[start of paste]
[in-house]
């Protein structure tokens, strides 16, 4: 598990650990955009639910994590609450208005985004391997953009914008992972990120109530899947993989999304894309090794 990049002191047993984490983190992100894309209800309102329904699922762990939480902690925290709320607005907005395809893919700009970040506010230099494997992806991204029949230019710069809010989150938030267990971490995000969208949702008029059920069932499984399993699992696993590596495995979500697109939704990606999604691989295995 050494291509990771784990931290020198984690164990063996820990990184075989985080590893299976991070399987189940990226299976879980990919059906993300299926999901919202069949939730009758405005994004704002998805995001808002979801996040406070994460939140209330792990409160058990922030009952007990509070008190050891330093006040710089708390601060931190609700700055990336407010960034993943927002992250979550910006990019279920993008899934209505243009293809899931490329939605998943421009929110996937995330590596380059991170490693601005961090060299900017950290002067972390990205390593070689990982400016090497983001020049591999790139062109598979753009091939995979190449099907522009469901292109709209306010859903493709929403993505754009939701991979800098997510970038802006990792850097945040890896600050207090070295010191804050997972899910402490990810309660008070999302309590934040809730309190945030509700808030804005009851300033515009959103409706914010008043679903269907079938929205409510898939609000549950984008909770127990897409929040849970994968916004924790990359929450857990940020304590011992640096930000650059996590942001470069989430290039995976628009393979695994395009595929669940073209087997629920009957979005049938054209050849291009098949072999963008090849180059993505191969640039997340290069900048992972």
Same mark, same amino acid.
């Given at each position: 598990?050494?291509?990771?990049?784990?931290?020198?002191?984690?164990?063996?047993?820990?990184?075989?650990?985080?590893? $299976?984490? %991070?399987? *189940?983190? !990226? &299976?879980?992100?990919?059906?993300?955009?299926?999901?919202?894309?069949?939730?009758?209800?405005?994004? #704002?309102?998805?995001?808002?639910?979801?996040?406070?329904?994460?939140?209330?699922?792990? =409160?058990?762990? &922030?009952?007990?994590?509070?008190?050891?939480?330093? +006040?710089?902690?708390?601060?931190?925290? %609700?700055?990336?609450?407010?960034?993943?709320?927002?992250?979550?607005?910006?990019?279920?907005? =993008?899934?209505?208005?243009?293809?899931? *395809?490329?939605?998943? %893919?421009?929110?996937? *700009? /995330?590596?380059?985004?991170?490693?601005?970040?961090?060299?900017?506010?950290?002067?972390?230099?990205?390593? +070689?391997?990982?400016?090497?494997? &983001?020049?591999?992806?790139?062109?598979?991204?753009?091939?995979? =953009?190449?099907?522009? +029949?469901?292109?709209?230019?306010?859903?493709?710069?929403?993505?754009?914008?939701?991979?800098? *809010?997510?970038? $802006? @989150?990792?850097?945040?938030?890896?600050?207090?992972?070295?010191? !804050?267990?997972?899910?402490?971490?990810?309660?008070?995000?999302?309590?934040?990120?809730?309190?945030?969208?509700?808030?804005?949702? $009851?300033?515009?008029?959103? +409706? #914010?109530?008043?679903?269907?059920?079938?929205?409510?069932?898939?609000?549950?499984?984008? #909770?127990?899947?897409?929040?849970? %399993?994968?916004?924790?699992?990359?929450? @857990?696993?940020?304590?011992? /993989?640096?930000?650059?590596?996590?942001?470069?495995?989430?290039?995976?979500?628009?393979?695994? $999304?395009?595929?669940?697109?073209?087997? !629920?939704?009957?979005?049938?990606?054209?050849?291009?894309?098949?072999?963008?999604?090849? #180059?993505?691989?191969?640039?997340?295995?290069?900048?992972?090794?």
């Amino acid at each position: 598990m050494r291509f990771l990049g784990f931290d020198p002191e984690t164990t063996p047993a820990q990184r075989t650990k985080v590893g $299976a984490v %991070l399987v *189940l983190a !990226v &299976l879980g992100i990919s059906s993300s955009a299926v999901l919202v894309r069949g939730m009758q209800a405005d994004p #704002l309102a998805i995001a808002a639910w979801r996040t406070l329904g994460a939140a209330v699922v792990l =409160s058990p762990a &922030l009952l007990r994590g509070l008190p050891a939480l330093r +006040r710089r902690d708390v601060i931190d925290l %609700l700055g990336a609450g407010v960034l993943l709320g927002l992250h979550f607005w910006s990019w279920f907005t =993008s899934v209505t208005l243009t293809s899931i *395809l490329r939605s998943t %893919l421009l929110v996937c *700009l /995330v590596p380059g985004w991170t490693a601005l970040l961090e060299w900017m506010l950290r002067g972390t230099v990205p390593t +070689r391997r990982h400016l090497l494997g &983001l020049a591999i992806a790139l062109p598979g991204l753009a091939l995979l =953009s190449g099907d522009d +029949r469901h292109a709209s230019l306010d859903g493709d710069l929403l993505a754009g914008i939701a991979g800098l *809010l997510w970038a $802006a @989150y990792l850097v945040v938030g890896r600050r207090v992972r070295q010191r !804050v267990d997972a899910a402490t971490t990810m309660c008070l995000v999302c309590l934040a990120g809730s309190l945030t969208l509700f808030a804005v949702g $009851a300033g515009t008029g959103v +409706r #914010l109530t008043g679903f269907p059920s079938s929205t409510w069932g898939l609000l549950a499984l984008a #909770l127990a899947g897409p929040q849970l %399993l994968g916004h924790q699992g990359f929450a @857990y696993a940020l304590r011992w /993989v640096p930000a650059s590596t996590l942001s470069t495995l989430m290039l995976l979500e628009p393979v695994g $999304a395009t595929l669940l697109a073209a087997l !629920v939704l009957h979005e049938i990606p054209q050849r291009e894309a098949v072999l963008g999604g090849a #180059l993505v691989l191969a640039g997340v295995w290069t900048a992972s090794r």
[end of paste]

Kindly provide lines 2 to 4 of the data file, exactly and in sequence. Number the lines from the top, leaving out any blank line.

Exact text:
């Protein structure tokens, strides 16, 4: 598990650990955009639910994590609450208005985004391997953009914008992972990120109530899947993989999304894309090794 990049002191047993984490983190992100894309209800309102329904699922762990939480902690925290709320607005907005395809893919700009970040506010230099494997992806991204029949230019710069809010989150938030267990971490995000969208949702008029059920069932499984399993699992696993590596495995979500697109939704990606999604691989295995 050494291509990771784990931290020198984690164990063996820990990184075989985080590893299976991070399987189940990226299976879980990919059906993300299926999901919202069949939730009758405005994004704002998805995001808002979801996040406070994460939140209330792990409160058990922030009952007990509070008190050891330093006040710089708390601060931190609700700055990336407010960034993943927002992250979550910006990019279920993008899934209505243009293809899931490329939605998943421009929110996937995330590596380059991170490693601005961090060299900017950290002067972390990205390593070689990982400016090497983001020049591999790139062109598979753009091939995979190449099907522009469901292109709209306010859903493709929403993505754009939701991979800098997510970038802006990792850097945040890896600050207090070295010191804050997972899910402490990810309660008070999302309590934040809730309190945030509700808030804005009851300033515009959103409706914010008043679903269907079938929205409510898939609000549950984008909770127990897409929040849970994968916004924790990359929450857990940020304590011992640096930000650059996590942001470069989430290039995976628009393979695994395009595929669940073209087997629920009957979005049938054209050849291009098949072999963008090849180059993505191969640039997340290069900048992972």
Same mark, same amino acid.
């Given at each position: 598990?050494?291509?990771?990049?784990?931290?020198?002191?984690?164990?063996?047993?820990?990184?075989?650990?985080?590893? $299976?984490? %991070?399987? *189940?983190? !990226? &299976?879980?992100?990919?059906?993300?955009?299926?999901?919202?894309?069949?939730?009758?209800?405005?994004? #704002?309102?998805?995001?808002?639910?979801?996040?406070?329904?994460?939140?209330?699922?792990? =409160?058990?762990? &922030?009952?007990?994590?509070?008190?050891?939480?330093? +006040?710089?902690?708390?601060?931190?925290? %609700?700055?990336?609450?407010?960034?993943?709320?927002?992250?979550?607005?910006?990019?279920?907005? =993008?899934?209505?208005?243009?293809?899931? *395809?490329?939605?998943? %893919?421009?929110?996937? *700009? /995330?590596?380059?985004?991170?490693?601005?970040?961090?060299?900017?506010?950290?002067?972390?230099?990205?390593? +070689?391997?990982?400016?090497?494997? &983001?020049?591999?992806?790139?062109?598979?991204?753009?091939?995979? =953009?190449?099907?522009? +029949?469901?292109?709209?230019?306010?859903?493709?710069?929403?993505?754009?914008?939701?991979?800098? *809010?997510?970038? $802006? @989150?990792?850097?945040?938030?890896?600050?207090?992972?070295?010191? !804050?267990?997972?899910?402490?971490?990810?309660?008070?995000?999302?309590?934040?990120?809730?309190?945030?969208?509700?808030?804005?949702? $009851?300033?515009?008029?959103? +409706? #914010?109530?008043?679903?269907?059920?079938?929205?409510?069932?898939?609000?549950?499984?984008? #909770?127990?899947?897409?929040?849970? %399993?994968?916004?924790?699992?990359?929450? @857990?696993?940020?304590?011992? /993989?640096?930000?650059?590596?996590?942001?470069?495995?989430?290039?995976?979500?628009?393979?695994? $999304?395009?595929?669940?697109?073209?087997? !629920?939704?009957?979005?049938?990606?054209?050849?291009?894309?098949?072999?963008?999604?090849? #180059?993505?691989?191969?640039?997340?295995?290069?900048?992972?090794?």